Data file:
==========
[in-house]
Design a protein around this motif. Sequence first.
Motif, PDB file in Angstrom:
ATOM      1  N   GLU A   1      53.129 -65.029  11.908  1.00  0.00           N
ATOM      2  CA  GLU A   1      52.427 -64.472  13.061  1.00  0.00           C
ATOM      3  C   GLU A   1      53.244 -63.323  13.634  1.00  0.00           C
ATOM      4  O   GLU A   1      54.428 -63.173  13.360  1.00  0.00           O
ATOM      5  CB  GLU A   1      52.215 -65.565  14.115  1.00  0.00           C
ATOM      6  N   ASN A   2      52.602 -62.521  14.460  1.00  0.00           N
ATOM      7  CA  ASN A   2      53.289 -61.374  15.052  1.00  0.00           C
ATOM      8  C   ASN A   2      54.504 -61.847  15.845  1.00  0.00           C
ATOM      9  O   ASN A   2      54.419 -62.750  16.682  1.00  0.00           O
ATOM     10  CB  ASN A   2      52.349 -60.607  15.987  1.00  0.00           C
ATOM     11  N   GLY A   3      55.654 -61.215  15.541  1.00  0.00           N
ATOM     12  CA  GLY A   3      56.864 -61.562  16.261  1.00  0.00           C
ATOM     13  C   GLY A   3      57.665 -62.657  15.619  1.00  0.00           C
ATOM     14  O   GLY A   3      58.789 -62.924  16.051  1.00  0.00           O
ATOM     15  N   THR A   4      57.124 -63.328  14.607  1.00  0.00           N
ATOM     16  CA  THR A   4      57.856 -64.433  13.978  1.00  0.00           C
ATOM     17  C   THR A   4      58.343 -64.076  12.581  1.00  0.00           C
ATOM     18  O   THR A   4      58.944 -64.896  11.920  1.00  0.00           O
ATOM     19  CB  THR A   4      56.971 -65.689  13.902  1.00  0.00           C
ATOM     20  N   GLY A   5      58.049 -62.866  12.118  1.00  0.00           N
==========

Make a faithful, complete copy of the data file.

[in-house]
Design a protein around this motif. Sequence first.
Motif, PDB file in Angstrom:
ATOM      1  N   GLU A   1      53.129 -65.029  11.908  1.00  0.00           N
ATOM      2  CA  GLU A   1      52.427 -64.472  13.061  1.00  0.00           C
ATOM      3  C   GLU A   1      53.244 -63.323  13.634  1.00  0.00           C
ATOM      4  O   GLU A   1      54.428 -63.173  13.360  1.00  0.00           O
ATOM      5  CB  GLU A   1      52.215 -65.565  14.115  1.00  0.00           C
ATOM      6  N   ASN A   2      52.602 -62.521  14.460  1.00  0.00           N
ATOM      7  CA  ASN A   2      53.289 -61.374  15.052  1.00  0.00           C
ATOM      8  C   ASN A   2      54.504 -61.847  15.845  1.00  0.00           C
ATOM      9  O   ASN A   2      54.419 -62.750  16.682  1.00  0.00           O
ATOM     10  CB  ASN A   2      52.349 -60.607  15.987  1.00  0.00           C
ATOM     11  N   GLY A   3      55.654 -61.215  15.541  1.00  0.00           N
ATOM     12  CA  GLY A   3      56.864 -61.562  16.261  1.00  0.00           C
ATOM     13  C   GLY A   3      57.665 -62.657  15.619  1.00  0.00           C
ATOM     14  O   GLY A   3      58.789 -62.924  16.051  1.00  0.00           O
ATOM     15  N   THR A   4      57.124 -63.328  14.607  1.00  0.00           N
ATOM     16  CA  THR A   4      57.856 -64.433  13.978  1.00  0.00           C
ATOM     17  C   THR A   4      58.343 -64.076  12.581  1.00  0.00           C
ATOM     18  O   THR A   4      58.944 -64.896  11.920  1.00  0.00           O
ATOM     19  CB  THR A   4      56.971 -65.689  13.902  1.00  0.00           C
ATOM     20  N   GLY A   5      58.049 -62.866  12.118  1.00  0.00           N